Skin Scan: An App To Prevent Skin Cancer

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Could an app really save your life? That's the claim from the maker of Skin Scan. The mobile app was designed to help detect skin cancer and in a Tech Talk special report, WHNT News 19's Michelle Stark teamed up with a Huntsville dermatologist to put the app to the test.

Skin Scan offers a digital diagnosis of moles on the body - using the same markers doctors look for - asymmetry, border, color and diameter. The app is easy to use - just snap a photo, upload, then wait for the app to analyze the image.

After checking out the app on his own and doing several trial readings on our news team, Dr. John Sowell of Huntsville's Dermatology Associates found it was "set up to be pretty sensitive." He added that "[It picked up] slight irregularities in brown lesions, even benign brown lesions."

Sowell thought that sensitivity could lead to some false scares. He also noted that the app itself "doesn't account for recent changes, recent growth, or if a mole has begun to itch or have some symptoms." It's up to each user to remember to monitor any suspicious lesions.

Still, Sowell saw Skin Scan as a great tool for awareness. The American Cancer Society reports Melanoma - the most serious skin cancer - will account for more than 75,000 cases in 2012. An app like Skin Scan, so easily available to users, could prompt them to be more agressive - and committed - in looking for problem spots on the body.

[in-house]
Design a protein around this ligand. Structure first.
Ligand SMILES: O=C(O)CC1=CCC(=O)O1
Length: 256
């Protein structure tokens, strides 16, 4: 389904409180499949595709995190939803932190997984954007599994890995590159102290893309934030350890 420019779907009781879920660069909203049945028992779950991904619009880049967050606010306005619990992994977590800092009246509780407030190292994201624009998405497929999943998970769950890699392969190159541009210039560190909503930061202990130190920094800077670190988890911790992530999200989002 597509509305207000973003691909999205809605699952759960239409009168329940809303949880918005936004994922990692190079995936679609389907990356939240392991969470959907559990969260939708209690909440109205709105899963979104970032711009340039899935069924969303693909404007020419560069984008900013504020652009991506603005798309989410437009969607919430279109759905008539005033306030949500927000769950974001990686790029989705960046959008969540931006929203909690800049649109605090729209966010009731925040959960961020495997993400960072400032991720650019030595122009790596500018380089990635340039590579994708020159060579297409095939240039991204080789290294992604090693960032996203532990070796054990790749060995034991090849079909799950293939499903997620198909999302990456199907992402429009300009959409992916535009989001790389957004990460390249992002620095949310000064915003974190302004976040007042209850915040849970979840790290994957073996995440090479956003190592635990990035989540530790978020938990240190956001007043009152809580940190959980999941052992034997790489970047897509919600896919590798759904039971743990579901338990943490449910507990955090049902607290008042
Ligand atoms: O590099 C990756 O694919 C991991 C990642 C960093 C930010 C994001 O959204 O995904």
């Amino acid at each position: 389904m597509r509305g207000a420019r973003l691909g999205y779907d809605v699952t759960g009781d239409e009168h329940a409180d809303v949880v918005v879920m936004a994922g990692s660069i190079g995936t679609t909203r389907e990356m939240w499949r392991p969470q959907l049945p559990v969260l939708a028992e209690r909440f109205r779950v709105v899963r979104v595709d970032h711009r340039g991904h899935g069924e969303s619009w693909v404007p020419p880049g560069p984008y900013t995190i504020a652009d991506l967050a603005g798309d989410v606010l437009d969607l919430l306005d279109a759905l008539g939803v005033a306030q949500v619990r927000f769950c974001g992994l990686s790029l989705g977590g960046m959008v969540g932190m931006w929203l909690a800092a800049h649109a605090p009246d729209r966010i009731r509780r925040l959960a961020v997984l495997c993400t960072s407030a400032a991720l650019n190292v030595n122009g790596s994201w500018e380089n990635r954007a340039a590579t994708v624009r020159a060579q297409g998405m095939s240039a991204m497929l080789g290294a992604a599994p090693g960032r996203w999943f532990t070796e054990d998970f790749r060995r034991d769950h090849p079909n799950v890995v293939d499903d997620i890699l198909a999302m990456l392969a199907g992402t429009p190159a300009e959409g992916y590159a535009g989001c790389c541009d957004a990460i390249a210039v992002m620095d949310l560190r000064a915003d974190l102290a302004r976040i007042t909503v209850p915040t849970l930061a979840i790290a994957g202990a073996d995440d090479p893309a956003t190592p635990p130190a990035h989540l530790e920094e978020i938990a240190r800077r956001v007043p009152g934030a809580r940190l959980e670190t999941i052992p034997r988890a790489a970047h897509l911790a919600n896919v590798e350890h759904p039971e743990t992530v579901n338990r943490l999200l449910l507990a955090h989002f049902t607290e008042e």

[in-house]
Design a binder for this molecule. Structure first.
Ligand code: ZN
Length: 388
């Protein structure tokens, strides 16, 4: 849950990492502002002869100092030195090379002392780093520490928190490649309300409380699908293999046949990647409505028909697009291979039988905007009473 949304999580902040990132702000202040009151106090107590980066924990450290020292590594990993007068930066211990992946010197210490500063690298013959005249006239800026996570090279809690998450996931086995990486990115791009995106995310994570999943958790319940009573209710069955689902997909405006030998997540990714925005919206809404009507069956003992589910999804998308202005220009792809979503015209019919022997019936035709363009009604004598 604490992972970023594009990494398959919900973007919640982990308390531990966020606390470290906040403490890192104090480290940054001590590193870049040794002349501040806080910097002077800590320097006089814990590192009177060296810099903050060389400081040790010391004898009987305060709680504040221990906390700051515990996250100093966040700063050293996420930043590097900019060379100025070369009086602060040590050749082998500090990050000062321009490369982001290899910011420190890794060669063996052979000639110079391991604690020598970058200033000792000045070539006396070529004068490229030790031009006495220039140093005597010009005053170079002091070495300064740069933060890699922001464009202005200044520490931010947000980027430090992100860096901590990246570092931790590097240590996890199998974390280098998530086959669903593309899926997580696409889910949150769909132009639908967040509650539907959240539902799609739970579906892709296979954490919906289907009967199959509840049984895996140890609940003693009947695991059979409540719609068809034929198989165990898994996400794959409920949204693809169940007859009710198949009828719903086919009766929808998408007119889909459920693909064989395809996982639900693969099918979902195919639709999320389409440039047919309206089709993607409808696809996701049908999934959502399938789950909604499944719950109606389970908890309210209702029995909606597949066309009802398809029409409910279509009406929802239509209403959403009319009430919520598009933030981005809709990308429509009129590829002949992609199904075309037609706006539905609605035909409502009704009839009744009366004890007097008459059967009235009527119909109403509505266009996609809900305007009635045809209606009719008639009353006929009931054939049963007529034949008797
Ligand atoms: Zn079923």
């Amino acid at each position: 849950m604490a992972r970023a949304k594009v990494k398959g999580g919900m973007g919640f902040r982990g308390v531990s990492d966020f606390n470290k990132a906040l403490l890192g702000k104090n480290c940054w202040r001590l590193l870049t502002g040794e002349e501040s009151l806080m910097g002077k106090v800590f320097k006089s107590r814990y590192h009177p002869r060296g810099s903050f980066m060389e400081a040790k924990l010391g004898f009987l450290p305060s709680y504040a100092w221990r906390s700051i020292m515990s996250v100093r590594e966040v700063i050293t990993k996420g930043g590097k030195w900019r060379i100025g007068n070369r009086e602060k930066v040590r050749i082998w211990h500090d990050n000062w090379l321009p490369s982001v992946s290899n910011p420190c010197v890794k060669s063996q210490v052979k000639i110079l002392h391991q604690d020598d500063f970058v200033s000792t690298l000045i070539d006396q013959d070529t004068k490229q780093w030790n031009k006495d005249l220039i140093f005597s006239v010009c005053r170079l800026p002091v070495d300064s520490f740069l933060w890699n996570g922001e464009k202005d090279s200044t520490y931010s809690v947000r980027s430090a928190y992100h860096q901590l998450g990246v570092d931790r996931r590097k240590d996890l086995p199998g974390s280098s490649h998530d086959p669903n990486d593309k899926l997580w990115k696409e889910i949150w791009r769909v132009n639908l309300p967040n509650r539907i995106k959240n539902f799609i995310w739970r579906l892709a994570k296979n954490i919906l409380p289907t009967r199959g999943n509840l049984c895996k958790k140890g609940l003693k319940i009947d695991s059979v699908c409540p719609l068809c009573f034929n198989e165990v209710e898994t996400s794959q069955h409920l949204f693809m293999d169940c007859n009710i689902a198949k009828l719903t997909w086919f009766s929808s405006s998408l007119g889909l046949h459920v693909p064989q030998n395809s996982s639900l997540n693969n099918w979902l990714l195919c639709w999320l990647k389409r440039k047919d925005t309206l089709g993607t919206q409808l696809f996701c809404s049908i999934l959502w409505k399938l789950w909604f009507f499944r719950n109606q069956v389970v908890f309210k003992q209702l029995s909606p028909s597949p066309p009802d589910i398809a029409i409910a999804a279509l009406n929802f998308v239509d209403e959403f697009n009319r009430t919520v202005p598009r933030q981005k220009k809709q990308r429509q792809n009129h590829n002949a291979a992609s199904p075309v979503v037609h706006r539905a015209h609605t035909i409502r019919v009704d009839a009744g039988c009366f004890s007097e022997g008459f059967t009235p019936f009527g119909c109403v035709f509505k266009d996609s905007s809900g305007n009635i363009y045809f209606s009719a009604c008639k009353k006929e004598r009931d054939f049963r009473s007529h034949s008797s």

Only a biopsy can detect skin cancer at the microscopic level - detect changes in the cells of the body - so no app can ever completely replace a doctor's skill.

When combined with visits to a dermatologist though, Sowell sees strong benefits for the public.

"I would say that if something looks odd enough that you want to photograph it and scan it into your app I would always call a physician as well."

If you'd like to try out Skin Scan, you can download it in the App Store on your Apple device. It's optimized for iPhone and costs $4.99.

To see what happened when WHNT News 19's Michelle Stark and Tim Hanson tested out the app on themselves, make sure to watch the video above.